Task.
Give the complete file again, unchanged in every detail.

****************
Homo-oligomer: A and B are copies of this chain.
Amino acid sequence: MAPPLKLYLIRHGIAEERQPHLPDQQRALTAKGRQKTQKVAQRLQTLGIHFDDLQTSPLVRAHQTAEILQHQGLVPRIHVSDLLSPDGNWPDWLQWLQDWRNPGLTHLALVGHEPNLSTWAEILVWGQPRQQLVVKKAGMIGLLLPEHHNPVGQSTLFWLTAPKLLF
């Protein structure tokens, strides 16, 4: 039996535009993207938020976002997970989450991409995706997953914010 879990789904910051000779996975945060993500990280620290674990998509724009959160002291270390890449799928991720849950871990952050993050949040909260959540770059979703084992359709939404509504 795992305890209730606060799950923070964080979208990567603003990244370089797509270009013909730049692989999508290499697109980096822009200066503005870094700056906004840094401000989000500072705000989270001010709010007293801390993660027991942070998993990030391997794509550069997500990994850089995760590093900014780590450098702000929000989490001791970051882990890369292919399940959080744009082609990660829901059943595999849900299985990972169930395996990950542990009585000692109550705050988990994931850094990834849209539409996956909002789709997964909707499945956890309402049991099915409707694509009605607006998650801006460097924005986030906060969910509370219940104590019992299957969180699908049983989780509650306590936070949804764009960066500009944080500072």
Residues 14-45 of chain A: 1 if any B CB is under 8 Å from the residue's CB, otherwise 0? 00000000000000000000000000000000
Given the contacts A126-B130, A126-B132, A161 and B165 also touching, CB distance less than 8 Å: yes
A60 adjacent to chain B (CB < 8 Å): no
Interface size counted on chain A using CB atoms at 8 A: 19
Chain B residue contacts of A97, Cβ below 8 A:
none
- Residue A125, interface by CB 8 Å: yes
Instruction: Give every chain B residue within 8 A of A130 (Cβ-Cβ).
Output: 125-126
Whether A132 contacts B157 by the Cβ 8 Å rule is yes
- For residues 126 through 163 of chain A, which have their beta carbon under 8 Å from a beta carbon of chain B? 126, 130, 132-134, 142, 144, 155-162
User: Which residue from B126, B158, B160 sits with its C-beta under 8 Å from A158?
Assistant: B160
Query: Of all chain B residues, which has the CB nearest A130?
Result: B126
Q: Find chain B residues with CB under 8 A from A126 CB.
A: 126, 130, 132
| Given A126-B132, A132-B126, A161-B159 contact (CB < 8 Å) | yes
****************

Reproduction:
Homo-oligomer: A and B are copies of this chain.
Amino acid sequence: MAPPLKLYLIRHGIAEERQPHLPDQQRALTAKGRQKTQKVAQRLQTLGIHFDDLQTSPLVRAHQTAEILQHQGLVPRIHVSDLLSPDGNWPDWLQWLQDWRNPGLTHLALVGHEPNLSTWAEILVWGQPRQQLVVKKAGMIGLLLPEHHNPVGQSTLFWLTAPKLLF
């Protein structure tokens, strides 16, 4: 039996535009993207938020976002997970989450991409995706997953914010 879990789904910051000779996975945060993500990280620290674990998509724009959160002291270390890449799928991720849950871990952050993050949040909260959540770059979703084992359709939404509504 795992305890209730606060799950923070964080979208990567603003990244370089797509270009013909730049692989999508290499697109980096822009200066503005870094700056906004840094401000989000500072705000989270001010709010007293801390993660027991942070998993990030391997794509550069997500990994850089995760590093900014780590450098702000929000989490001791970051882990890369292919399940959080744009082609990660829901059943595999849900299985990972169930395996990950542990009585000692109550705050988990994931850094990834849209539409996956909002789709997964909707499945956890309402049991099915409707694509009605607006998650801006460097924005986030906060969910509370219940104590019992299957969180699908049983989780509650306590936070949804764009960066500009944080500072």
Residues 14-45 of chain A: 1 if any B CB is under 8 Å from the residue's CB, otherwise 0? 00000000000000000000000000000000
Given the contacts A126-B130, A126-B132, A161 and B165 also touching, CB distance less than 8 Å: yes
A60 adjacent to chain B (CB < 8 Å): no
Interface size counted on chain A using CB atoms at 8 A: 19
Chain B residue contacts of A97, Cβ below 8 A:
none
- Residue A125, interface by CB 8 Å: yes
Instruction: Give every chain B residue within 8 A of A130 (Cβ-Cβ).
Output: 125-126
Whether A132 contacts B157 by the Cβ 8 Å rule is yes
- For residues 126 through 163 of chain A, which have their beta carbon under 8 Å from a beta carbon of chain B? 126, 130, 132-134, 142, 144, 155-162
User: Which residue from B126, B158, B160 sits with its C-beta under 8 Å from A158?
Assistant: B160
Query: Of all chain B residues, which has the CB nearest A130?
Result: B126
Q: Find chain B residues with CB under 8 A from A126 CB.
A: 126, 130, 132
| Given A126-B132, A132-B126, A161-B159 contact (CB < 8 Å) | yes